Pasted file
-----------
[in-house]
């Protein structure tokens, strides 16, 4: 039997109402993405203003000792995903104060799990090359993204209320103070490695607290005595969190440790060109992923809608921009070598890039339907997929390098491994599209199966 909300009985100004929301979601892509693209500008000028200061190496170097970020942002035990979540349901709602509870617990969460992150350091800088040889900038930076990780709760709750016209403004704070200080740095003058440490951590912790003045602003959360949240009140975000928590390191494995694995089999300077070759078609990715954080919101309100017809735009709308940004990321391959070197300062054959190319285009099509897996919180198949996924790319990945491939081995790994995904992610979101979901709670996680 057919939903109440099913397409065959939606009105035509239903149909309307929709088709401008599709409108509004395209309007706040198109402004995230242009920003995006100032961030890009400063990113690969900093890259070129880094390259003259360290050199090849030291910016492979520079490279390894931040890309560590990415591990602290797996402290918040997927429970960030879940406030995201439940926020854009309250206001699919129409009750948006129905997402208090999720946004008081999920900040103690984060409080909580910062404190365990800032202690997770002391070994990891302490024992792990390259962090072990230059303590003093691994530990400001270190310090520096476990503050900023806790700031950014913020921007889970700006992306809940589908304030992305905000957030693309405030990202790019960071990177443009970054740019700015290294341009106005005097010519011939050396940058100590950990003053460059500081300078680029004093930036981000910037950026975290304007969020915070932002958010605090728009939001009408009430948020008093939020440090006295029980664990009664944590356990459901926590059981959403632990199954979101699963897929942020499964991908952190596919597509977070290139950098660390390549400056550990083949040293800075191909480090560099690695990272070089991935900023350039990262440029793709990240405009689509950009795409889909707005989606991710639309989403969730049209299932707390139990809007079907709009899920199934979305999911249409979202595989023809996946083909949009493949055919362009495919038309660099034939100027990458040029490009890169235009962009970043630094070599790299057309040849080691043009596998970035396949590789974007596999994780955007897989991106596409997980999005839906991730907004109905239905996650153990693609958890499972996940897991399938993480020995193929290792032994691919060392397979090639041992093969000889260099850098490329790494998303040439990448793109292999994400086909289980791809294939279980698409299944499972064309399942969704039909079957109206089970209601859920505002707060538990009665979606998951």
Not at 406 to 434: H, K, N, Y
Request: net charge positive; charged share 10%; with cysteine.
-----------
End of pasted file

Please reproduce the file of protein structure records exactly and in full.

[in-house]
């Protein structure tokens, strides 16, 4: 039997109402993405203003000792995903104060799990090359993204209320103070490695607290005595969190440790060109992923809608921009070598890039339907997929390098491994599209199966 909300009985100004929301979601892509693209500008000028200061190496170097970020942002035990979540349901709602509870617990969460992150350091800088040889900038930076990780709760709750016209403004704070200080740095003058440490951590912790003045602003959360949240009140975000928590390191494995694995089999300077070759078609990715954080919101309100017809735009709308940004990321391959070197300062054959190319285009099509897996919180198949996924790319990945491939081995790994995904992610979101979901709670996680 057919939903109440099913397409065959939606009105035509239903149909309307929709088709401008599709409108509004395209309007706040198109402004995230242009920003995006100032961030890009400063990113690969900093890259070129880094390259003259360290050199090849030291910016492979520079490279390894931040890309560590990415591990602290797996402290918040997927429970960030879940406030995201439940926020854009309250206001699919129409009750948006129905997402208090999720946004008081999920900040103690984060409080909580910062404190365990800032202690997770002391070994990891302490024992792990390259962090072990230059303590003093691994530990400001270190310090520096476990503050900023806790700031950014913020921007889970700006992306809940589908304030992305905000957030693309405030990202790019960071990177443009970054740019700015290294341009106005005097010519011939050396940058100590950990003053460059500081300078680029004093930036981000910037950026975290304007969020915070932002958010605090728009939001009408009430948020008093939020440090006295029980664990009664944590356990459901926590059981959403632990199954979101699963897929942020499964991908952190596919597509977070290139950098660390390549400056550990083949040293800075191909480090560099690695990272070089991935900023350039990262440029793709990240405009689509950009795409889909707005989606991710639309989403969730049209299932707390139990809007079907709009899920199934979305999911249409979202595989023809996946083909949009493949055919362009495919038309660099034939100027990458040029490009890169235009962009970043630094070599790299057309040849080691043009596998970035396949590789974007596999994780955007897989991106596409997980999005839906991730907004109905239905996650153990693609958890499972996940897991399938993480020995193929290792032994691919060392397979090639041992093969000889260099850098490329790494998303040439990448793109292999994400086909289980791809294939279980698409299944499972064309399942969704039909079957109206089970209601859920505002707060538990009665979606998951």
Not at 406 to 434: H, K, N, Y
Request: net charge positive; charged share 10%; with cysteine.